Lifestyle 01 June 2020
With the CDC issuing guidelines advising against large gatherings of 50 or more people, many couples have found their hopes for a trip down the aisle being dashed. Experts estimate that over half of Americans have postponed their weddings, and thousands of others have canceled or put their wedding planning on hold indefinitely. The uncertainty surrounding the pandemic and global shutdown that has resulted from it has certainly made it difficult for brides and grooms to be to plan the wedding of their dreams. From picking the perfect date and budgeting for its costs during this pandemic to making sure your plans are not affected by the coronavirus, here are a few tips to help you if you happen to be planning your big day in the midst of it all.
Have A Plan B - For Everything
If there is one wedding planning lesson to be learned from the current situation, it is the importance of backup plans. With constant moving parts and no solid deadline for a return to normalcy, your wedding plans need to be adaptable as well. This means having a backup hall or local florist on standby in case your chosen vendors cannot reopen in time.
When organizing your ideal ceremony during the epidemic, remember to be flexible with your chosen wedding dates. One tip that can help is tuning into local notices, newspapers and announcements of reopening dates for local businesses in your area. Using these dates, you can plan your wedding date to match. You are also less likely to contend with logistical issues like those other businesses are contending with during Covid-19. This means fewer chances of delivery delays or non-fulfillment of the contract. As a bonus, small local businesses could use the support during the pandemic.
Make Sure Your Contacts Will Still be Honored If You Choose To Postpone
If you have decided to postpone your wedding, you are not alone. According to a survey by Wedding Report, 27 percent of couples have chosen to postpone their big day until 2021, and 26 percent have opted for dates later on in 2020. Of those who have chosen to postpone and are midway through the planning process, many risk losing their deposits and are wondering whether their agreed contracts with wedding vendors will still be honored - whenever their wedding day comes.
Your best bet is to approach your vendor and have a direct conversation with them. Many wedding vendors and planning companies have been hard hit. This means they, like every other business, will be looking for ways to keep their business afloat. They are much more likely to work with you on setting and booking in a new date for when lockdown has been lifted. Having a polite and honest conversation with them can get you much further than waving contracts and citing legal terms.
You May Want To Start Thinking Of Wedding Insurance If You Haven't Yet
While many experts recommend couples securing wedding insurance when planning a wedding, very few do. Wedding insurance protects your investments in the event of certain unforeseen events such as Covid-19 and can be an extremely worthwhile safeguard when planning a wedding with so many uncertainties surrounding it. After all, the average cost of a wedding was $33,900 in 2019 - a pretty hefty price. For instance, if you are planning a wedding abroad later this year, there is still a chance that the borders and flights will be limited when your date approaches. Alternatively, your intended venue may close prematurely due to bankruptcy or staff shortages, both stemming from the pandemic.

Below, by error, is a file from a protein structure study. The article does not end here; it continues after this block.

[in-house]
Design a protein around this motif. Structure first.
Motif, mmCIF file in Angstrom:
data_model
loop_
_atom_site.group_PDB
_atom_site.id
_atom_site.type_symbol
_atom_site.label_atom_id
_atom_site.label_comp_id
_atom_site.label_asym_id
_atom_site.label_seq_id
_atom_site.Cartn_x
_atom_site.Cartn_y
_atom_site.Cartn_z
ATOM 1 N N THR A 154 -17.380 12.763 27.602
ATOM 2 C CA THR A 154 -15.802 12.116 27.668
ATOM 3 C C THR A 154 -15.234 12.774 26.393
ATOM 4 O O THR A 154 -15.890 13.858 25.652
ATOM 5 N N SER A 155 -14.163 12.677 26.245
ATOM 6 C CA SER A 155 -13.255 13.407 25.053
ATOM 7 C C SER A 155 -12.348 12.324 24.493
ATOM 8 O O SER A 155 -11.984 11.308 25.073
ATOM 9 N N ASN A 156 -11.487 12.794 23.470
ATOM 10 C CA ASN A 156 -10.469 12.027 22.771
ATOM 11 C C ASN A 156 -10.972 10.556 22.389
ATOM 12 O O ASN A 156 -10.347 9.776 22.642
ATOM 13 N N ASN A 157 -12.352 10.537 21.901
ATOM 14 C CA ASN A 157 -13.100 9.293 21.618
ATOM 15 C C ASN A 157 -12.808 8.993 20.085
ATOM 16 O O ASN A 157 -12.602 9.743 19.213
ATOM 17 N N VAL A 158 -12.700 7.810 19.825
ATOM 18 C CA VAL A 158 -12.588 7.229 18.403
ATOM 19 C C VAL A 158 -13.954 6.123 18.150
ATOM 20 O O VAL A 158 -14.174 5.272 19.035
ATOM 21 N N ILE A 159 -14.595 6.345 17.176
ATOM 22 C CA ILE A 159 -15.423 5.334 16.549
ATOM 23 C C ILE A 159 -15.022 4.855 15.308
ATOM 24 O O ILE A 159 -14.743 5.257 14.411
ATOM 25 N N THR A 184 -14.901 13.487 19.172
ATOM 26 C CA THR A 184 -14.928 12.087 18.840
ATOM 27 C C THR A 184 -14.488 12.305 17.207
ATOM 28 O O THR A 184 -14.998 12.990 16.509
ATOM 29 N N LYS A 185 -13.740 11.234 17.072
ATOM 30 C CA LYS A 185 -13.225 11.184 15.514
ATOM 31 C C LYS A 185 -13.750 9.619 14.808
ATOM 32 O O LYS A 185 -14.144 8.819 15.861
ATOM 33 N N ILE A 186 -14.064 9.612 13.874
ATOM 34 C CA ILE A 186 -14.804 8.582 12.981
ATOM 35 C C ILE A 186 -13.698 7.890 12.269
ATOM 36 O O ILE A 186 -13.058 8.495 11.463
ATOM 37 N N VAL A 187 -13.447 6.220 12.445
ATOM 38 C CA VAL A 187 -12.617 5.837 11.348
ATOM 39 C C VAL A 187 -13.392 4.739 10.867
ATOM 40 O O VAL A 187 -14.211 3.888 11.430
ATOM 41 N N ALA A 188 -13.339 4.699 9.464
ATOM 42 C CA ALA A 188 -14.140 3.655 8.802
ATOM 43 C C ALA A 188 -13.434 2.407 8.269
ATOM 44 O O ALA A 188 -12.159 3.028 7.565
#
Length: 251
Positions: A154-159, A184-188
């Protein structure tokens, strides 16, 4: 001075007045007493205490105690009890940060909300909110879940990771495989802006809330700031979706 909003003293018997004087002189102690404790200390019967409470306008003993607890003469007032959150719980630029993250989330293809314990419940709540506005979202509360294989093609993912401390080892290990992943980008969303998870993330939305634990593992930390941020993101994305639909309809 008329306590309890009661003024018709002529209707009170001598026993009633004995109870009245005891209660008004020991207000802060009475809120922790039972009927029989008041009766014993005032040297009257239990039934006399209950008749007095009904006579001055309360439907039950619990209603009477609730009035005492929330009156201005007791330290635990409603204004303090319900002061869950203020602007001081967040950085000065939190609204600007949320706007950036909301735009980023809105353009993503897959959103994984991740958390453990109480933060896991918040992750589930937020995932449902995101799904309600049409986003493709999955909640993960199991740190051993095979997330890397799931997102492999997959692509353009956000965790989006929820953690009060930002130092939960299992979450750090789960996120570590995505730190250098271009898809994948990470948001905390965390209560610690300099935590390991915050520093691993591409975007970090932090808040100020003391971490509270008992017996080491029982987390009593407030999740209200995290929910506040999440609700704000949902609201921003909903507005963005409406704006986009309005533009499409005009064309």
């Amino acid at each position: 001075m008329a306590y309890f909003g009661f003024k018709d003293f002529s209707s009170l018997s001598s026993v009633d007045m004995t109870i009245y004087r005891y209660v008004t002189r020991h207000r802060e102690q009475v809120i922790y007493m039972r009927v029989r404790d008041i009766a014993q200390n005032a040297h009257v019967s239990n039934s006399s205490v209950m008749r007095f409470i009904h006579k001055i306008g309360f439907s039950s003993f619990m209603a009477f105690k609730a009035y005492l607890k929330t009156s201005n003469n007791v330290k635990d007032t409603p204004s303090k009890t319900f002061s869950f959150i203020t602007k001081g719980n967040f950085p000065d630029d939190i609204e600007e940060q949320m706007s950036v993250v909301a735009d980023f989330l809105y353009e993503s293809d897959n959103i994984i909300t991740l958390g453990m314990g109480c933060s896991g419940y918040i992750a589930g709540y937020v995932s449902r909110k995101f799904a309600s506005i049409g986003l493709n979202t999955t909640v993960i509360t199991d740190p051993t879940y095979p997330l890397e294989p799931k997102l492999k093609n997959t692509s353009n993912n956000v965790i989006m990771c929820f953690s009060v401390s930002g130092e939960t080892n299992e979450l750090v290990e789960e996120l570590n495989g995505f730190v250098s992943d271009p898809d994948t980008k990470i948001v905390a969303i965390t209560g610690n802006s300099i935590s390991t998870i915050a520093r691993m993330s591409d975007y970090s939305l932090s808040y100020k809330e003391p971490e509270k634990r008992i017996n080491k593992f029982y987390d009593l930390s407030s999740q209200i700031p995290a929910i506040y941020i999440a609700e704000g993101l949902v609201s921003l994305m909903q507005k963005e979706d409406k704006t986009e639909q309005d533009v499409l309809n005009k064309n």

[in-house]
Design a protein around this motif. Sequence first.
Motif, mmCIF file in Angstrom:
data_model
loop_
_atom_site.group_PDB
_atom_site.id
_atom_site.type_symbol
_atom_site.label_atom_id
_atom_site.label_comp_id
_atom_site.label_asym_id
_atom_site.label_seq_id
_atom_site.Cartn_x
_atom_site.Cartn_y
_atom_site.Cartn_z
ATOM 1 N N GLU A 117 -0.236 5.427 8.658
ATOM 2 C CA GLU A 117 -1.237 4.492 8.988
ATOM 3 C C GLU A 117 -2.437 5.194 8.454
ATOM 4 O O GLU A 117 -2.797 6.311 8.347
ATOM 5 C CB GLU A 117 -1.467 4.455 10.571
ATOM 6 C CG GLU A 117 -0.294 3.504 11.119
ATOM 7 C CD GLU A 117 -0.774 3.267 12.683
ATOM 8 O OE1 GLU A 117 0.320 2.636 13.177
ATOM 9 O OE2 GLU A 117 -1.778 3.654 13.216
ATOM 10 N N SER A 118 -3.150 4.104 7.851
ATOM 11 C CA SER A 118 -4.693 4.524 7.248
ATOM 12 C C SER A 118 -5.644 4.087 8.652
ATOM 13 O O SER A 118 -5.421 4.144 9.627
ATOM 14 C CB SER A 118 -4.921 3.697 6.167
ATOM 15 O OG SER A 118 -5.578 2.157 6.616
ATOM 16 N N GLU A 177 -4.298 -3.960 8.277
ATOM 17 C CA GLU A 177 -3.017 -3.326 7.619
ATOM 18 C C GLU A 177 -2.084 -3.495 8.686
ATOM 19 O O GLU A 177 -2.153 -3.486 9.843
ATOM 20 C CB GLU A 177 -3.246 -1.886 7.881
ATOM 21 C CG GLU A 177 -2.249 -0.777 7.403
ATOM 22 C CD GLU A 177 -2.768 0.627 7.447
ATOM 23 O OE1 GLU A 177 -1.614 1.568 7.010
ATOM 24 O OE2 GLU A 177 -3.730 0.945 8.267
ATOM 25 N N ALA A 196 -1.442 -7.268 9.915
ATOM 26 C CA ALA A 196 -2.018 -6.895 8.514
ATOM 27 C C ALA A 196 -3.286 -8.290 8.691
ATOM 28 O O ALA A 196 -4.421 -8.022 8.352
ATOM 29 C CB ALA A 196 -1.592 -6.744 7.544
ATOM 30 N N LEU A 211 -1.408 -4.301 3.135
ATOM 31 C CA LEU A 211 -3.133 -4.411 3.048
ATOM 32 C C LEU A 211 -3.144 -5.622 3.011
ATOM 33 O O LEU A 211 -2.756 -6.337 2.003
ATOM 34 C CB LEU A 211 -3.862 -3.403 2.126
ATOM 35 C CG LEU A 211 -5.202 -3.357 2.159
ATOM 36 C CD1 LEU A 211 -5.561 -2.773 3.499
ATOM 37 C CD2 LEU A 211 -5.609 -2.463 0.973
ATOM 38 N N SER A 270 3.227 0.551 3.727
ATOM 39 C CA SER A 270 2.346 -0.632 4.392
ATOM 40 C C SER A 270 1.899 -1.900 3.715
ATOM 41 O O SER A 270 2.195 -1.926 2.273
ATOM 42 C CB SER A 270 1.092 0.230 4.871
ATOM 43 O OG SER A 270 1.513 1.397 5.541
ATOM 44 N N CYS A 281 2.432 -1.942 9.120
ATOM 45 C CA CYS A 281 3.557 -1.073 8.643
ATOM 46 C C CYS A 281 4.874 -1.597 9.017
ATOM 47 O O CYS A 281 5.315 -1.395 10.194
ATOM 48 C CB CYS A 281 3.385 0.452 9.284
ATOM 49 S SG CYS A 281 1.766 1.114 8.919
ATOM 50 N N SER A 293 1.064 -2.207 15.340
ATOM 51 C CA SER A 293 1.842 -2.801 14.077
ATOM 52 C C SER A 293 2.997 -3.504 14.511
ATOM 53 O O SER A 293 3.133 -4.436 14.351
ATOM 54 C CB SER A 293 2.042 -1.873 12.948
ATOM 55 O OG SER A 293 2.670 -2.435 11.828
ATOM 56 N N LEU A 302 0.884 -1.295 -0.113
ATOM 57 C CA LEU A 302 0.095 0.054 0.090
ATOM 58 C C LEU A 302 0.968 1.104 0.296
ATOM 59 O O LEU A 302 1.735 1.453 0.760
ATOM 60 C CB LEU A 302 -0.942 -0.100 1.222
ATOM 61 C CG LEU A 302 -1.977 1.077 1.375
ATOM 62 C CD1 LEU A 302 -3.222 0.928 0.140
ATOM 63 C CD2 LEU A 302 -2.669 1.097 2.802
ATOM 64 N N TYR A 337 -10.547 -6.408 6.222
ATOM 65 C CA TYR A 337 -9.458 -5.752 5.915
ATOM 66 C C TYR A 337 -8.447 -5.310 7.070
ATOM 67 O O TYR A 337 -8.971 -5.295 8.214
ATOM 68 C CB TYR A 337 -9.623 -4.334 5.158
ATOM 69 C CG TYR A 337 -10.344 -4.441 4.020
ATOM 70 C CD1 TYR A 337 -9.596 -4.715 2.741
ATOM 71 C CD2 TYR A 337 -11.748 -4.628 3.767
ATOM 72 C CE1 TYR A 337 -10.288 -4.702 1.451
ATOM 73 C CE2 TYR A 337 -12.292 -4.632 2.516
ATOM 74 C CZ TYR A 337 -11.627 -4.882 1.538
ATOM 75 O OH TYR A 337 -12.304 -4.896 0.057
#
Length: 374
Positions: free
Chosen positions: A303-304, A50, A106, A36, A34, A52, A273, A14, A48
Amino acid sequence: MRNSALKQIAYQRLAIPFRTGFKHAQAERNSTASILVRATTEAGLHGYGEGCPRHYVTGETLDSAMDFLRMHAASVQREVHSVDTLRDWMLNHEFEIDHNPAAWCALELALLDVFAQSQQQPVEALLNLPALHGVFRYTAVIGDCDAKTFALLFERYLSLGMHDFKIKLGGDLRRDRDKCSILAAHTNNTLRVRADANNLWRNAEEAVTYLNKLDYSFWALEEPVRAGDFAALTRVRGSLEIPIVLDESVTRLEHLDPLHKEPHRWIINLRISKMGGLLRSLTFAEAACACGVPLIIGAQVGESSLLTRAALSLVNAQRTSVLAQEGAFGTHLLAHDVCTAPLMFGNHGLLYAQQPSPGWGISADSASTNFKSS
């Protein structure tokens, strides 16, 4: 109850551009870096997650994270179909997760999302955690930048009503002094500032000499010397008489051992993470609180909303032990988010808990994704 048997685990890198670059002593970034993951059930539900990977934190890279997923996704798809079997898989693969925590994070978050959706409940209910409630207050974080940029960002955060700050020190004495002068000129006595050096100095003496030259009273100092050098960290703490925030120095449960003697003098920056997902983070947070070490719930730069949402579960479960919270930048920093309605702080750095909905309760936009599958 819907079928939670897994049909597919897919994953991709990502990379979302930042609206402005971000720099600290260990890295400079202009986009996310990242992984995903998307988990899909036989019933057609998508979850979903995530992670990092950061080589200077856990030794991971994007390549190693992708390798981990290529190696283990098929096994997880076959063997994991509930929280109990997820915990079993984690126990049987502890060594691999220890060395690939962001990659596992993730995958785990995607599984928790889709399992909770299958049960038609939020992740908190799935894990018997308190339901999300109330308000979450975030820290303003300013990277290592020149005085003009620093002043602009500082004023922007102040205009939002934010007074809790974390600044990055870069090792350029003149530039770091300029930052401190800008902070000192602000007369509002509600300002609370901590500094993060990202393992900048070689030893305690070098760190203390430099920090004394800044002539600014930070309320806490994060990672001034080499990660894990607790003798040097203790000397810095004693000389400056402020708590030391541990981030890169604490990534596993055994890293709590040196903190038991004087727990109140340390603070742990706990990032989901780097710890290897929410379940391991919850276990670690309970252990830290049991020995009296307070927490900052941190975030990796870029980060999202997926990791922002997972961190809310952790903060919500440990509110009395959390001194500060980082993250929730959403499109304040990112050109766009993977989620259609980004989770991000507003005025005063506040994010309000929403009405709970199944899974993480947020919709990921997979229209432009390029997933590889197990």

Therefore, if you haven't already, it is time to get yourself some wedding insurance. Couples can now use their homeowner insurance company or choose to go with one of the many online firms like eWed Insurance or WedSafe. The policies are also customizable, so you and your partner can choose the protection for aspects you think are unknown, such as property damage or vendor no shows.
Regardless of where you are in the wedding planning process, it is also important that you continue to focus on the positives. These difficult times will pass, and soon you will be able to celebrate your union with your loved ones. Until then, you can manage your wedding expectations and adjust your plans so that your money, time and hope is not completely wasted.
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Help! My Friend Is a No Show
Dear Armchair Psychologist,
I have a friend who doesn't reply to my messages about meeting for dinner, etc. Although, last week I ran into her at a local restaurant of mine, it has always been awkward to be friends with her. Should I continue our friendship or discontinue it? We've been friends for a total four years and nothing has changed. I don't feel as comfortable with her as my other close friends, and I don't think I'll ever be able to reach that comfort zone in pure friendship.
Dear Sadsies,I am sorry to hear you've been neglected by your friend. You may already have the answer to your question, since you're evaluating the non-existing bond between yourself and your friend. However, I'll gladly affirm to you that a friendship that isn't reciprocated is not a good friendship.
I have had a similar situation with a friend whom I'd grown up with but who was also consistently a very negative person, a true Debby Downer. One day, I just had enough of her criticism and vitriol. I stopped making excuses for her and dumped her. It was a great decision and I haven't looked back. With that in mind, it could be possible that something has changed in your friend's life, but it's insignificant if she isn't responding to you. It's time to dump her and spend your energy where it's appreciated. Don't dwell on this friend. History is not enough to create a lasting bond, it only means just that—you and your friend have history—so let her be history!
- The Armchair Psychologist